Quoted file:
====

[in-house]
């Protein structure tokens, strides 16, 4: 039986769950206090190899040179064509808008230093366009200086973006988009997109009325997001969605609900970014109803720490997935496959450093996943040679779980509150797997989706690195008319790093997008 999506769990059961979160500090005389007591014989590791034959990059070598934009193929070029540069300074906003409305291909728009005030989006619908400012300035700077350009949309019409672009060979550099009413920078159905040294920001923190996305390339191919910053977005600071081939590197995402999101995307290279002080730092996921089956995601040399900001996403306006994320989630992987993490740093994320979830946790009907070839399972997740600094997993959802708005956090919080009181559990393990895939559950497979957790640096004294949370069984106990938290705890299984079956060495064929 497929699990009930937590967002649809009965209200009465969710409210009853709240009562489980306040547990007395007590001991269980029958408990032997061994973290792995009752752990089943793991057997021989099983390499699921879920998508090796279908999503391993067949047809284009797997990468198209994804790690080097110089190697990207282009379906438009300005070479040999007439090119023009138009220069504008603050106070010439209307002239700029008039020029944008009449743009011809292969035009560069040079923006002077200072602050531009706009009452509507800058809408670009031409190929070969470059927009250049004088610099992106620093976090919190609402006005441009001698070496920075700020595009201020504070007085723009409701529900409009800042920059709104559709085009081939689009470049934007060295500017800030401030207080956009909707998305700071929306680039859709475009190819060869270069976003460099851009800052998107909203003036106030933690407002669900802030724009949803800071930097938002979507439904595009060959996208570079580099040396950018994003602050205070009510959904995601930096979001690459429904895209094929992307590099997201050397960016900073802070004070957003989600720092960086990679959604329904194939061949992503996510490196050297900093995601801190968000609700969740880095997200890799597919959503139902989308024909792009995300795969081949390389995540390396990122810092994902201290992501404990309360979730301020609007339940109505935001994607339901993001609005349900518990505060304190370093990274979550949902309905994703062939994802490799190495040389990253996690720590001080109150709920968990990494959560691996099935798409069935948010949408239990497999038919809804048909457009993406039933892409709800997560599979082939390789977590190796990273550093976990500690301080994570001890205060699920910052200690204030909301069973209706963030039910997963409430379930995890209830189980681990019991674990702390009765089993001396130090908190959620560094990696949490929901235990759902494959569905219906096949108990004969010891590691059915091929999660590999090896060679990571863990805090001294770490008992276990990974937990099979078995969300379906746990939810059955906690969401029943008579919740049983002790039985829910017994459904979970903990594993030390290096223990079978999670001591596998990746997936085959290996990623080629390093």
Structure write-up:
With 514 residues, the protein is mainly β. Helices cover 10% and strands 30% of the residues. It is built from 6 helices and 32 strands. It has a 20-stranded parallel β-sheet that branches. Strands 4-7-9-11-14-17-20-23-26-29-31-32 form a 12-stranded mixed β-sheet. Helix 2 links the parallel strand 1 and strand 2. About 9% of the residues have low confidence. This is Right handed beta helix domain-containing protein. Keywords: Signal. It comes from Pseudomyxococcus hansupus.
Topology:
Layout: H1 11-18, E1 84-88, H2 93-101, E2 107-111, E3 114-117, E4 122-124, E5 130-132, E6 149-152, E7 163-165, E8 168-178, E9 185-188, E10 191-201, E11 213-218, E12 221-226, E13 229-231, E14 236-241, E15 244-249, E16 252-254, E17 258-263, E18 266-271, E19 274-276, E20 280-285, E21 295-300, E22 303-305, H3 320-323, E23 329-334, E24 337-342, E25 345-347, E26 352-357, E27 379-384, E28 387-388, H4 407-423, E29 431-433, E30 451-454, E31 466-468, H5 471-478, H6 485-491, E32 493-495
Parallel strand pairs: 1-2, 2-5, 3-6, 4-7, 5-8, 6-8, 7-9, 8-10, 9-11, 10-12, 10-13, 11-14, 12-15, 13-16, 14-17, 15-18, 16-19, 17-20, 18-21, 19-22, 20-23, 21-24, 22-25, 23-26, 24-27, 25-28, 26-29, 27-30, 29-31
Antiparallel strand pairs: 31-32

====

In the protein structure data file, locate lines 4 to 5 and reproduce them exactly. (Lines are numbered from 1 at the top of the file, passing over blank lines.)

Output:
With 514 residues, the protein is mainly β. Helices cover 10% and strands 30% of the residues. It is built from 6 helices and 32 strands. It has a 20-stranded parallel β-sheet that branches. Strands 4-7-9-11-14-17-20-23-26-29-31-32 form a 12-stranded mixed β-sheet. Helix 2 links the parallel strand 1 and strand 2. About 9% of the residues have low confidence. This is Right handed beta helix domain-containing protein. Keywords: Signal. It comes from Pseudomyxococcus hansupus.
Topology: